My teaching philosophy is rooted in the radical notion that education should be viewed primarily as a tool for self-actualization. This means that, in my view, meaningful educational investments are pragmatic and encourage a bolstered sense of purpose, increased motivation, acceptance of self and others, and a strong desire for personal growth. For the sociology student, the source of this value is well-defined: a developed sociological imagination allows the individual to conceptualize events and situations as the product of past events and personal dispositions and how they interact with the overarching social structure. In turn, training in sociology helps the individual to better observe herself as an integrated part of social networks with powerful productive capacities, including the potential to understand – and perhaps improve – her own life circumstances and those of others.
As an educator, it is my responsibility to have a firm mastery of the subjects that I teach and an effective strategy for communicating key concepts and ideas. I believe that one useful tool for addressing this latter obligation is to approach the classroom as a team leader focused on achieving collective learning outcomes. With this in mind, I tend to strip the classroom of the traditional distinction between teacher and student. While I am a capable lecturer, I prefer to engage in the practice of guided drift: I use the classroom as a space for my students to discuss ideas (e.g., the intuition underlying a regression model) and I gently guide them towards a certain destination (e.g., a basic understanding of the corresponding formula) by interjecting with probing questions and comments when necessary. Using this strategy, I was awarded the Cornell Sociology Citation for Teaching Excellence for the 2015-2016 school year and I earned an honorable mention for 2017-2018.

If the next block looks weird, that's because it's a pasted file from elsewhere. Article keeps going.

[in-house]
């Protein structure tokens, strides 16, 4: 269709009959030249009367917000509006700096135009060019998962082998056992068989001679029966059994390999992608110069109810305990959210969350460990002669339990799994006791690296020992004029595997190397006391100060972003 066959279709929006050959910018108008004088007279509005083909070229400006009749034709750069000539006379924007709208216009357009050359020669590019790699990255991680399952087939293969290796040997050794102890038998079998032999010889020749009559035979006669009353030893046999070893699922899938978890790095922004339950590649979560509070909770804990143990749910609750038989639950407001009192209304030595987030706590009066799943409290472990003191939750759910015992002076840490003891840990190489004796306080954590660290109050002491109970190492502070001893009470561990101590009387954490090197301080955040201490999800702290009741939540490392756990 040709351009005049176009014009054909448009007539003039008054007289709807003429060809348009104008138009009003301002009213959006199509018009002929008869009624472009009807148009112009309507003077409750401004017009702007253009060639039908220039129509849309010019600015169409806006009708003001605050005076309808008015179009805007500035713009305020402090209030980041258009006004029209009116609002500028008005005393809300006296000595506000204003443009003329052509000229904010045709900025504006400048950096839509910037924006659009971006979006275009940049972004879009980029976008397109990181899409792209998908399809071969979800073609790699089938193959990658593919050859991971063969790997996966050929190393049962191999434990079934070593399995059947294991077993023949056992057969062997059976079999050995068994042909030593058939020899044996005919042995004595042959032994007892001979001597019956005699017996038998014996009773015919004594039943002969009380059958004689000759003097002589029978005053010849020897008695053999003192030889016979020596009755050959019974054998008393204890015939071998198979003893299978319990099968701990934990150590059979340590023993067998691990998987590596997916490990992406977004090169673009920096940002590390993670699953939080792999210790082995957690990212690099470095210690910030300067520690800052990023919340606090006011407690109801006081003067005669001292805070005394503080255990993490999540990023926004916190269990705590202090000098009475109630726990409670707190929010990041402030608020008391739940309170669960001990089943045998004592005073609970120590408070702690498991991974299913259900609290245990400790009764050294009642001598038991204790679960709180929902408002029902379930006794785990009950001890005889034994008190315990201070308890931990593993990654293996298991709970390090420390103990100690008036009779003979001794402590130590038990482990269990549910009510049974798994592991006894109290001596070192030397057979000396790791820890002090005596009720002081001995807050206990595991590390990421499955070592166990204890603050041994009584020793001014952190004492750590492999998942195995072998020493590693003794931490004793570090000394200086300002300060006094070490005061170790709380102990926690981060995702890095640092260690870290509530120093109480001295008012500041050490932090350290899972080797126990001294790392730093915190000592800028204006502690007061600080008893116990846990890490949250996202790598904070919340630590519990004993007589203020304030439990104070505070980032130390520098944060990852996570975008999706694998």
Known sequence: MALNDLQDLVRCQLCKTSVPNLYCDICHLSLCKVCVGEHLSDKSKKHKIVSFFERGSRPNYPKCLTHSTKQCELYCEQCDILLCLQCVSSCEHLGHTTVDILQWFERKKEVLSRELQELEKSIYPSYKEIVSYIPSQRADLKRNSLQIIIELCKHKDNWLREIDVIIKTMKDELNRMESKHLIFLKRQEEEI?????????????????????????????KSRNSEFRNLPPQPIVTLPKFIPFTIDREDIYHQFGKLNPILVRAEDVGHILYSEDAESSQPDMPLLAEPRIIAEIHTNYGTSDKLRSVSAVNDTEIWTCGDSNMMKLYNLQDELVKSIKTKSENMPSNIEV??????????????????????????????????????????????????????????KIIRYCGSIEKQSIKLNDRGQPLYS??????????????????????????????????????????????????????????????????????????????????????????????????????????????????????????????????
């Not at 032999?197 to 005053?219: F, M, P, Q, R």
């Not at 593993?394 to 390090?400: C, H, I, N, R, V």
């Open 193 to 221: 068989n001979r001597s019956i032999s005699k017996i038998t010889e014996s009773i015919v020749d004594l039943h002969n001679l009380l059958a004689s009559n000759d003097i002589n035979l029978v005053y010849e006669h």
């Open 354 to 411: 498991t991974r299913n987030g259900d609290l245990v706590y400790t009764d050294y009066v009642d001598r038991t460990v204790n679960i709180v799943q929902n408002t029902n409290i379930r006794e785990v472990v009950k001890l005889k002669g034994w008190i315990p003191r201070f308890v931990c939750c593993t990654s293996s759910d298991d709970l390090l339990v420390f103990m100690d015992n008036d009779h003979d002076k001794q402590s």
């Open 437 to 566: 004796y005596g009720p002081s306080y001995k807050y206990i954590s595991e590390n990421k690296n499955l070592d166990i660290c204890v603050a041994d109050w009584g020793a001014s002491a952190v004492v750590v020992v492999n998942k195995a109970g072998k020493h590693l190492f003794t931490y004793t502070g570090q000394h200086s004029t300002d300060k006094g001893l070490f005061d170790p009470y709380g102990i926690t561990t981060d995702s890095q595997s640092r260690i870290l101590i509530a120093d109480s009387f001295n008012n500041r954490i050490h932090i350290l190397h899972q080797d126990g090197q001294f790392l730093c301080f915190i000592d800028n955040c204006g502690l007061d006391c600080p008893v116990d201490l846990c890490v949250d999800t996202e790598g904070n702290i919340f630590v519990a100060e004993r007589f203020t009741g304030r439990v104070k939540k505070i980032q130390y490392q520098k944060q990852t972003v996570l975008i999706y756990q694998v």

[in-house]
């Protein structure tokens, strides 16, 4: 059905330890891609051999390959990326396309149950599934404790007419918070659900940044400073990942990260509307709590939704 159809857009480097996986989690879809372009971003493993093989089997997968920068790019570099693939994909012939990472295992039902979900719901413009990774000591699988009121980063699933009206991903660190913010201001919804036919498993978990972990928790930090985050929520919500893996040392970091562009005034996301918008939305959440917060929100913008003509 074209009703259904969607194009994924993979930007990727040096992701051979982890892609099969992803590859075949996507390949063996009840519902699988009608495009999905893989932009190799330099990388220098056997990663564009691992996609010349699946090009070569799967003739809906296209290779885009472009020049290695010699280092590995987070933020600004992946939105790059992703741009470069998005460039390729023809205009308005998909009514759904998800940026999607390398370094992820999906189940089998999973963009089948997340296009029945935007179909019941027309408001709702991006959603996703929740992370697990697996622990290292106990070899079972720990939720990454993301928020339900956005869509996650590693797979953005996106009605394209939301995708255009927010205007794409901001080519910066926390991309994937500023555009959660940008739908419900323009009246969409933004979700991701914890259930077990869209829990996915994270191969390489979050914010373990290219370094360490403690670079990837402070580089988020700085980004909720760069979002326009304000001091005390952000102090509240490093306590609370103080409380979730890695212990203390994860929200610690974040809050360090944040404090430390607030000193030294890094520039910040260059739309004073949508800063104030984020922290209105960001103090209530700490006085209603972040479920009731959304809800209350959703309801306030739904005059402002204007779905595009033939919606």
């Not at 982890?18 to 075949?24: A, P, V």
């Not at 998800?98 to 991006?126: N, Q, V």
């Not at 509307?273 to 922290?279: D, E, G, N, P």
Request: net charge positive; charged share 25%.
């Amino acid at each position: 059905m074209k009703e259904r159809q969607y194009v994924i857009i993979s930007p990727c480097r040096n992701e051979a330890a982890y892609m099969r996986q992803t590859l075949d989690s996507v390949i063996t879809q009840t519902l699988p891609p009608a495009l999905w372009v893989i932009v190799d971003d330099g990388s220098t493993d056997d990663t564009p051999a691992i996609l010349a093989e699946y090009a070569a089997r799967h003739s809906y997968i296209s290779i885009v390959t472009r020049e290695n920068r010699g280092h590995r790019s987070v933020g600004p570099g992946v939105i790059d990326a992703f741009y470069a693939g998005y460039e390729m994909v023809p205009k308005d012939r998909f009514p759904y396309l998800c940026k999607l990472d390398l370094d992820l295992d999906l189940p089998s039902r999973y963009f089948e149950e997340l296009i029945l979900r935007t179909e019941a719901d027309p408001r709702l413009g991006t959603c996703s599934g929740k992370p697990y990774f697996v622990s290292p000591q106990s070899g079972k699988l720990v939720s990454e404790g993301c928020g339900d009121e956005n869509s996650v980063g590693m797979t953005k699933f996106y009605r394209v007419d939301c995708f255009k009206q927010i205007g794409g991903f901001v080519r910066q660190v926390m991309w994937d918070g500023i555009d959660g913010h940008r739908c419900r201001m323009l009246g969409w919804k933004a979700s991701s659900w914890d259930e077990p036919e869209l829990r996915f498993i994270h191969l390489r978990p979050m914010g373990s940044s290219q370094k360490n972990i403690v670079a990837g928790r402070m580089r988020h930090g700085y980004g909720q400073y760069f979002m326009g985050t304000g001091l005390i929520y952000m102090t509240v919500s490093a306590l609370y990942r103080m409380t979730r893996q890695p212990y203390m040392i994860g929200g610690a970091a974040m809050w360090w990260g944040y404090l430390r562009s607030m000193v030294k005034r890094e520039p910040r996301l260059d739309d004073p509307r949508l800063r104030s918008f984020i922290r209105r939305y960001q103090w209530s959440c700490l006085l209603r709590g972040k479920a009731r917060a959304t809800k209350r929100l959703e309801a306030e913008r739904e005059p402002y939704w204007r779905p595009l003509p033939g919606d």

My minimalist approach to teaching generally encourages students to prepare themselves for class meetings, but runs the risk of intimidating some students. To ease the anxieties that might accompany the uncertainty around discussing unfamiliar concepts and ideas in a collective setting, I maintain a simple rule in my classrooms: my ideas and those of the scholars whose work we cover should generally be able to withstand significant scrutiny. I do not, however, expect the initial ideas of my students to rise to the same standard. This means that we use the classroom as a space to collectively develop ideas without the fear of saying something that is wrong or misguided. Instead, we constantly strive to improve from where we stand.
Teaching is the professional activity that I find most empowering. I feel this way because I have consistently watched my students apply my lessons outside of the classroom. I have served as instructor for two courses at Cornell and I have been a teaching assistant for four different courses over nine semesters between 2014 and 2018. Several of these appointments have been optional, as I have actively sought opportunities to expand my teaching horizons. Student evaluations of my teaching quality clearly reflect my ability to have a positive impact on most of my students. That being said, my love of teaching encourages me to continuously strive for improvement. In my mind, achieving teaching excellence is a lifelong pursuit. I plan to chase this goal for a very long time.
 This softening of the distinction between teacher and student is a pedagogical strategy that I limit to classroom space. I take seriously my responsibilities as an educator outside of the classroom (e.g., designing course materials).
 I say that the professional scholarship we cover should generally be able to withstand strong criticism because I will sometimes assign older articles or book chapters that subsequently have been debunked or refined in order to present an academic discourse.